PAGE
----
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    Can someone please show how to prove it is irreducible.

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    If it isn't irreducible, it must contain a linear or quadratic factor.
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    (Original post by constellarknight)
    If it isn't irreducible, it must contain a linear or quadratic factor.
    I know but how do you prove that it doesn't?

    I know that we can simply find the roots of the polynomial and say that they are not in Q, because this is a quartic.
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    Let the polynomial equal (a+bx+x^2)(c+dx+x^2) and deduce a contradiction. But actually, there's a much faster way: 2 divides -10, but does not divide 1, and 2^2 does not divide 1, so by Eisenstein's criterion, the polynomial is immediately irreducible over the rational numbers.
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    (Original post by constellarknight)
    Let the polynomial equal (a+bx+x^2)(c+dx+x^2) and deduce a contradiction. But actually, there's a much faster way: 2 divides -10, but does not divide 1, and 2^2 does not divide 1, so by Eisenstein's criterion, the polynomial is immediately irreducible over the rational numbers.
    Please can we not use any criterion because we have not come across that so we it is useless to us at the moment...
    Is this OK?

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    Yes, that's fine. Eisenstein's is faster though.
    From Wikipedia:
    To prove the validity of the criterion, suppose Q satisfies the criterion for the prime number p, but that it is nevertheless reducible in Q[x], from which we wish to obtain a contradiction. From Gauss' lemma it follows that Q is reducible in Z[x] as well, and in fact can be written as the product Q = GH of two non-constant polynomials G, H (in case Q is not primitive, one applies the lemma to the primitive polynomial Q/c (where the integer c is the content of Q) to obtain a decomposition for it, and multiplies c into one of the factors to obtain a decomposition for Q). Now reduce Q = GH modulo p to obtain a decomposition in (Z/pZ)[x]. But by hypothesis this reduction for Q leaves its leading term, of the form axn for a non-zero constant aZ/pZ, as the only nonzero term. But then necessarily the reductions modulo p of G and H also make all non-leading terms vanish (and cannot make their leading terms vanish), since no other decompositions of axn are possible in (Z/pZ)[x], which is a unique factorization domain. In particular the constant terms of G and H vanish in the reduction, so they are divisible by p, but then the constant term of Q, which is their product, is divisible by p2, contrary to the hypothesis, and one has a contradiction.
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    (Original post by constellarknight)
    Yes, that's fine. Eisenstein's is faster though.
    From Wikipedia:
    To prove the validity of the criterion, suppose Q satisfies the criterion for the prime number p, but that it is nevertheless reducible in Q[x], from which we wish to obtain a contradiction. From Gauss' lemma it follows that Q is reducible in Z[x] as well, and in fact can be written as the product Q = GH of two non-constant polynomials G, H (in case Q is not primitive, one applies the lemma to the primitive polynomial Q/c (where the integer c is the content of Q) to obtain a decomposition for it, and multiplies c into one of the factors to obtain a decomposition for Q). Now reduce Q = GH modulo p to obtain a decomposition in (Z/pZ)[x]. But by hypothesis this reduction for Q leaves its leading term, of the form axn for a non-zero constant aZ/pZ, as the only nonzero term. But then necessarily the reductions modulo p of G and H also make all non-leading terms vanish (and cannot make their leading terms vanish), since no other decompositions of axn are possible in (Z/pZ)[x], which is a unique factorization domain. In particular the constant terms of G and H vanish in the reduction, so they are divisible by p, but then the constant term of Q, which is their product, is divisible by p2, contrary to the hypothesis, and one has a contradiction.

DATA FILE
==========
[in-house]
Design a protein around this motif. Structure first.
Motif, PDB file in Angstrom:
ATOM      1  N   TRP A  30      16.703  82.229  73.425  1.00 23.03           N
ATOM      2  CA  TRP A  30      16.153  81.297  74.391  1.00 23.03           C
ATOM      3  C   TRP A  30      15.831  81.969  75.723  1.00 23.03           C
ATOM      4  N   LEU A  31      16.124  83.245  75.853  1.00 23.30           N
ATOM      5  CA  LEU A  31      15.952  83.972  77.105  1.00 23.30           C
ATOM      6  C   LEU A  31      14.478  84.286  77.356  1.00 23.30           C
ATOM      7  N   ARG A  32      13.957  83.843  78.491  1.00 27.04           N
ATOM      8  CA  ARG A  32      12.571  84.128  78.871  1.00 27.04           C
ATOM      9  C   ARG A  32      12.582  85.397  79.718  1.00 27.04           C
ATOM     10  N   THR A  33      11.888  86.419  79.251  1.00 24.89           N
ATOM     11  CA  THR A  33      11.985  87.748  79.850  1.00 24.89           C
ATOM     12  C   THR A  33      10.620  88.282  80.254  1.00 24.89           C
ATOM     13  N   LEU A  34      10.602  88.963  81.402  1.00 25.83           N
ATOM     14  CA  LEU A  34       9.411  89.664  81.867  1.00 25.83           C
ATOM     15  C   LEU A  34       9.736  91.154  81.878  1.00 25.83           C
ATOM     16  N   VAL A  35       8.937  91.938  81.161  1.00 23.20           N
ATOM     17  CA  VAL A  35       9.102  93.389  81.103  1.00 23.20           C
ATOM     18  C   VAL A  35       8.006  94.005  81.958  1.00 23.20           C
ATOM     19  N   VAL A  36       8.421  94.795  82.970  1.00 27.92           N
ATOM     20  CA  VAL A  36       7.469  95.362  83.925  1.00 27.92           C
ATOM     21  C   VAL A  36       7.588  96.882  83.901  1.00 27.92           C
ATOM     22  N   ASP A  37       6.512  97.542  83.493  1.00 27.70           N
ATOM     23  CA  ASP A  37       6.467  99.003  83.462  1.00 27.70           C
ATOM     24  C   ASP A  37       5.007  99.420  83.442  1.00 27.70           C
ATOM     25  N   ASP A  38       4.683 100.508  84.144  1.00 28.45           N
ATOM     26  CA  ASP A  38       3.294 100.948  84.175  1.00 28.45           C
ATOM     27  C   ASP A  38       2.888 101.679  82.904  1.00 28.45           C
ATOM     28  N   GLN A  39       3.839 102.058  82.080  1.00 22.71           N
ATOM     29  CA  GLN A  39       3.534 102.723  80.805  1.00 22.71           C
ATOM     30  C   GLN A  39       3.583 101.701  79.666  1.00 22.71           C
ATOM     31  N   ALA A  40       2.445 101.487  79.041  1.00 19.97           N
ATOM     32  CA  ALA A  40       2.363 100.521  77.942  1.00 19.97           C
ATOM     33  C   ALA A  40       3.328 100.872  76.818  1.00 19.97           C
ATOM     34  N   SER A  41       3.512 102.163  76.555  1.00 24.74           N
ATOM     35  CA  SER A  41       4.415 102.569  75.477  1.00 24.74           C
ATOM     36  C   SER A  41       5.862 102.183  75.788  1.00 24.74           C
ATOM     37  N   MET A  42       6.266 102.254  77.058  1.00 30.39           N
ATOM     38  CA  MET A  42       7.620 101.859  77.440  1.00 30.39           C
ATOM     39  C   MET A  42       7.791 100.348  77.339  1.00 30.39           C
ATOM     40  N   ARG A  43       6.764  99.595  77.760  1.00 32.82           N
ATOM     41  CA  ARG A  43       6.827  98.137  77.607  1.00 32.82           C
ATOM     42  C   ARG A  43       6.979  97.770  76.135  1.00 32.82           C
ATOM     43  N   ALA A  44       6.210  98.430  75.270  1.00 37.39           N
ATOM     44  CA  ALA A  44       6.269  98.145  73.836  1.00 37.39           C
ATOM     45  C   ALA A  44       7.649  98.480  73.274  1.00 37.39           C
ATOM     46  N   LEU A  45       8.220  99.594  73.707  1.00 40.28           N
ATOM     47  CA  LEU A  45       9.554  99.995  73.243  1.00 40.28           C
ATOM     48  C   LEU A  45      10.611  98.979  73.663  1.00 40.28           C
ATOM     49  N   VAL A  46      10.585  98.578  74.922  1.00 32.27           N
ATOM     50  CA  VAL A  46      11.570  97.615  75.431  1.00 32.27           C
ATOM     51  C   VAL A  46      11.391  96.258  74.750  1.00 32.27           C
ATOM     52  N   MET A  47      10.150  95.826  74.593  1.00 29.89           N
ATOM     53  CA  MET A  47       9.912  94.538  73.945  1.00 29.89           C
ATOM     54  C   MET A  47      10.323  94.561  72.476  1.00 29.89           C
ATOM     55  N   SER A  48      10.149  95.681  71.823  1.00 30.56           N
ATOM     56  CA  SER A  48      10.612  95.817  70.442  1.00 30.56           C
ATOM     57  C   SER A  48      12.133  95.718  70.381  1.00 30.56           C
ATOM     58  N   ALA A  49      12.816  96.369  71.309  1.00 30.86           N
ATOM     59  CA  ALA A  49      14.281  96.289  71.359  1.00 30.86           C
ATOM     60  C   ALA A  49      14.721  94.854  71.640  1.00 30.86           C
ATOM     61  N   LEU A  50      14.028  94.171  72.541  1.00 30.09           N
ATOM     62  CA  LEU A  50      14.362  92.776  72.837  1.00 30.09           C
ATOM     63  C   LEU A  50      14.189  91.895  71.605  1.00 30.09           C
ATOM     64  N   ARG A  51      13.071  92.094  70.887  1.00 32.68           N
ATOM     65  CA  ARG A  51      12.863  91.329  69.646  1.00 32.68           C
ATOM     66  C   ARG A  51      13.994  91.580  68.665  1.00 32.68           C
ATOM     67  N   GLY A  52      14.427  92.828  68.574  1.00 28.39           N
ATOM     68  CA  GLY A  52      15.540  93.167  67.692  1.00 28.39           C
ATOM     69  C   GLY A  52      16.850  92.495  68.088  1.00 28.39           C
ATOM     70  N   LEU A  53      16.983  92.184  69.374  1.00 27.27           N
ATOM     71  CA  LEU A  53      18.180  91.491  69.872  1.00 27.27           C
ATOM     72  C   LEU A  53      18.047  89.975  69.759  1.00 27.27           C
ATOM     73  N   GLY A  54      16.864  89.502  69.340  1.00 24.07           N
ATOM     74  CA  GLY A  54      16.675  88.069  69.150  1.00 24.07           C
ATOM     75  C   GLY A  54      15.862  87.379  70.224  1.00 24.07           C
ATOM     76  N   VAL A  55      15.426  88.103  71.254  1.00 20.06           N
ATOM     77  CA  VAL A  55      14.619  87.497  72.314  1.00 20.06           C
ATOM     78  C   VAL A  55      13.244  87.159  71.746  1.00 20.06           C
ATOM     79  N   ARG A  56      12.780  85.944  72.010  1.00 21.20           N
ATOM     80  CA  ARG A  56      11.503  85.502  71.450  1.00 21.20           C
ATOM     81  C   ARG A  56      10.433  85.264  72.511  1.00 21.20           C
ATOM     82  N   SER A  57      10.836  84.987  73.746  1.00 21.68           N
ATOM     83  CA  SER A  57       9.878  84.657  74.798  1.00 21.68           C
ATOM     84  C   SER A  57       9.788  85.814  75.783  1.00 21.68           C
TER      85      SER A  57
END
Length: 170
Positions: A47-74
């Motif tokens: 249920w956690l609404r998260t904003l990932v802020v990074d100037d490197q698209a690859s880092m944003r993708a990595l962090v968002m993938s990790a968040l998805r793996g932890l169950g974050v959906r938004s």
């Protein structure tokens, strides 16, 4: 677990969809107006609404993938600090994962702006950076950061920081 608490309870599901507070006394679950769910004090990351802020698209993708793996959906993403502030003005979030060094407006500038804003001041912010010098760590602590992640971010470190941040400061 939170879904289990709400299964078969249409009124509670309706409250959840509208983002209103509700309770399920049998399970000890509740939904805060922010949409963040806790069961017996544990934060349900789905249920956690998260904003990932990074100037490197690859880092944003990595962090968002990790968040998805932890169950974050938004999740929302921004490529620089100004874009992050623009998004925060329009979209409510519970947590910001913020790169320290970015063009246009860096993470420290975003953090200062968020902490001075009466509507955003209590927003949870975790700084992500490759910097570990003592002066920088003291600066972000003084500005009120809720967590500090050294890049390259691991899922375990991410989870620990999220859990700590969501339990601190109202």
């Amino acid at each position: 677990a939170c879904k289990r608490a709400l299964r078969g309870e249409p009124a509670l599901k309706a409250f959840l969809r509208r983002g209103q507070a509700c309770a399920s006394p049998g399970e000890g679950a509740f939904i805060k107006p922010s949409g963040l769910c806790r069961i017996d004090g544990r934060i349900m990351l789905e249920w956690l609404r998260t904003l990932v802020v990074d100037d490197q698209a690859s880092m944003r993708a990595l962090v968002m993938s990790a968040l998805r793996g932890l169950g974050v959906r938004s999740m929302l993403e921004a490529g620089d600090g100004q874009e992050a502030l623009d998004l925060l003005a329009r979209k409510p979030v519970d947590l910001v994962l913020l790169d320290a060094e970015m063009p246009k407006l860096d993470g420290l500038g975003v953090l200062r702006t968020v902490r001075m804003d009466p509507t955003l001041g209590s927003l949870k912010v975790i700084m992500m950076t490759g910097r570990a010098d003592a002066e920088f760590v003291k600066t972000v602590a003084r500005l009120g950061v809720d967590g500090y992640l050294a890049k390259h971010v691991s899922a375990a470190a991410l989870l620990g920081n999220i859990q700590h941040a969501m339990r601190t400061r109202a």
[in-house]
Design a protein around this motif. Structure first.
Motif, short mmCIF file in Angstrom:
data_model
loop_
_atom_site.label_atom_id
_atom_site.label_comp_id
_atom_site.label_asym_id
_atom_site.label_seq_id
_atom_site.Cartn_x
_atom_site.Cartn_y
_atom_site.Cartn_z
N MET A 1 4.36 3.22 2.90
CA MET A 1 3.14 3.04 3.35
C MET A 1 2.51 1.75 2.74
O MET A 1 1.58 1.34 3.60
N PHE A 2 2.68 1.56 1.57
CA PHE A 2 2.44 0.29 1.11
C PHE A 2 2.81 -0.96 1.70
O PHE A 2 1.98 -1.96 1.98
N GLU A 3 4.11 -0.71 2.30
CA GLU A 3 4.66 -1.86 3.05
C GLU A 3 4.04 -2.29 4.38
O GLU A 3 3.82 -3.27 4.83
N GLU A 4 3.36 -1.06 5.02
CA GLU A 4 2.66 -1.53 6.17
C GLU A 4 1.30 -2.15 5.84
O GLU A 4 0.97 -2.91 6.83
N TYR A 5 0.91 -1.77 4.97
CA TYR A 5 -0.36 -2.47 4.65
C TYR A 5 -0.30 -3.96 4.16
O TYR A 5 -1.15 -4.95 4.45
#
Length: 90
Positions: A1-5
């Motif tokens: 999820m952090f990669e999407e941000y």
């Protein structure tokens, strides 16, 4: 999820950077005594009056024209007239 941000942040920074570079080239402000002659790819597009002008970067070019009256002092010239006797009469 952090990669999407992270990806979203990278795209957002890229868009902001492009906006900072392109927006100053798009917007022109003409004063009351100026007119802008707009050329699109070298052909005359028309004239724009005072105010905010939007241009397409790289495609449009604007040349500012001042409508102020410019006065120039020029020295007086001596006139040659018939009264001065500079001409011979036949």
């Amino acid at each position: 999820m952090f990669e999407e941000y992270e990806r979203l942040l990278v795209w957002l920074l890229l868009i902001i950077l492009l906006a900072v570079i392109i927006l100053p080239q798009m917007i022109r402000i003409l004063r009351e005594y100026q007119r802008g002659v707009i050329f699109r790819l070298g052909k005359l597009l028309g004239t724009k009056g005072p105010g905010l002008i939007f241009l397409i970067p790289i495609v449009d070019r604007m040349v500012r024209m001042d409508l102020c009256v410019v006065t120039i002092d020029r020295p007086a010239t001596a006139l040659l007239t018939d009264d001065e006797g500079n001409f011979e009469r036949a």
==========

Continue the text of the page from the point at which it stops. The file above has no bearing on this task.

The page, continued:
I see. Hopefully we will come to this in lectures soon.

    Can I ask, the factorisation I got, I got it off wolfram alpha, how would you come to that factorisation?
    When i solve it for x^2, I get x^2 = 5 +/- i
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    Then set (a+bi)^2=5+i (or 5-i) and solve for a and b.
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    (Original post by cooldudeman)
    Please can we not use any criterion because we have not come across that so we it is useless to us at the moment...
    Have you come across Gauss's lemma yet?
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    (Original post by Gregorius)
    Have you come across Gauss's lemma yet?
    Nope I dont think we will. I don't know why but our lecturer seems to want us to do everything from scratch, well at the moment anyway...

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